Nissan still committed to partnership, though
Infiniti has put work on its small luxury car on hold, due to a rapidly changing market landscape and fears over new tariffs.
Two main reasons were cited for the abandonment of the project: a big shift in the US away from passenger cars towards trucks and crossovers, and uncertainty over the future of NAFTA, or the North American Free Trade Agreement.
US President Donald Trump has called for a renegotiation of the free trade zone, which encompasses the US, Canada and Mexico, and has threatened to impose tariffs on goods imported from its northern and southern neighbours. He recently authorised tariffs on around US$50 billion ($67 billion) worth of imports from China.
The new small luxury car was to be built in a factory in Mexico.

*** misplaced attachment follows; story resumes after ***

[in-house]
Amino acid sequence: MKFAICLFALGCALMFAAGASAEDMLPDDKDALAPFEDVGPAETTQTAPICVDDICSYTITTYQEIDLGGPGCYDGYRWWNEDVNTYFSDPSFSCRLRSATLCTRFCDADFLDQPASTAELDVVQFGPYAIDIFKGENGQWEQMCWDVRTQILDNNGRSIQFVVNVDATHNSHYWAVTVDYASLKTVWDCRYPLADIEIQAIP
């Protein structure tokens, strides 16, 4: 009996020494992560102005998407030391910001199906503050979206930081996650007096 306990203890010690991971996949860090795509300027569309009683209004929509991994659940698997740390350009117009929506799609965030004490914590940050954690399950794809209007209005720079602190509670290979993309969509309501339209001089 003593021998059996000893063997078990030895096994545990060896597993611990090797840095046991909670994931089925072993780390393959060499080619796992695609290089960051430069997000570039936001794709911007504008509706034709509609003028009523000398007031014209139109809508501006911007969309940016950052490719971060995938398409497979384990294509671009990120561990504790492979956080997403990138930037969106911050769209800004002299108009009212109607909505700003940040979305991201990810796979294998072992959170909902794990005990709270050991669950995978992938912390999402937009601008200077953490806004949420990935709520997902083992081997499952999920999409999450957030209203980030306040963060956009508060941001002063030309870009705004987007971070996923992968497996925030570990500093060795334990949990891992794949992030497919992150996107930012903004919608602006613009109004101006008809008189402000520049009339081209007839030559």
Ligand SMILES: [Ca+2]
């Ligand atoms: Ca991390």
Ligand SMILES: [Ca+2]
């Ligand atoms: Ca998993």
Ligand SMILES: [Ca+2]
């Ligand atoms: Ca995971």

Shiro Nagai, a spokesman for Nissan, told Automotive News he can't comment on the report.
"The cooperation between the Renault-Nissan-Mitsubishi Alliance and Daimler is solid and we continue to reap the benefits of our successful cooperation, which includes a number of R&D and manufacturing initiatives around the world," Trevor Hale, an Infiniti spokesman, told the trade publication.
Fruits from the partnership between the Germany luxury car maker and the French-Japanese alliance include a jointly developed engine being produced in the States, and the Mercedes-Benz X-Class ute, which is based on the Nissan Navara.
The Infiniti Q30 and QX30 (above) are both based on the Mercedes-Benz MFA platform used for the GLA, CLA and previous-generation A-Class. These two models are produced in Nissan's plant in Sunderland, UK, but employ many Daimler components, including drivetrains.
In addition to this, there's a new a jointly owned and operated factory in Aguascalientes, Mexico, which can make up to 230,000 vehicles a year, and currently produces the second-generation Infiniti QX50.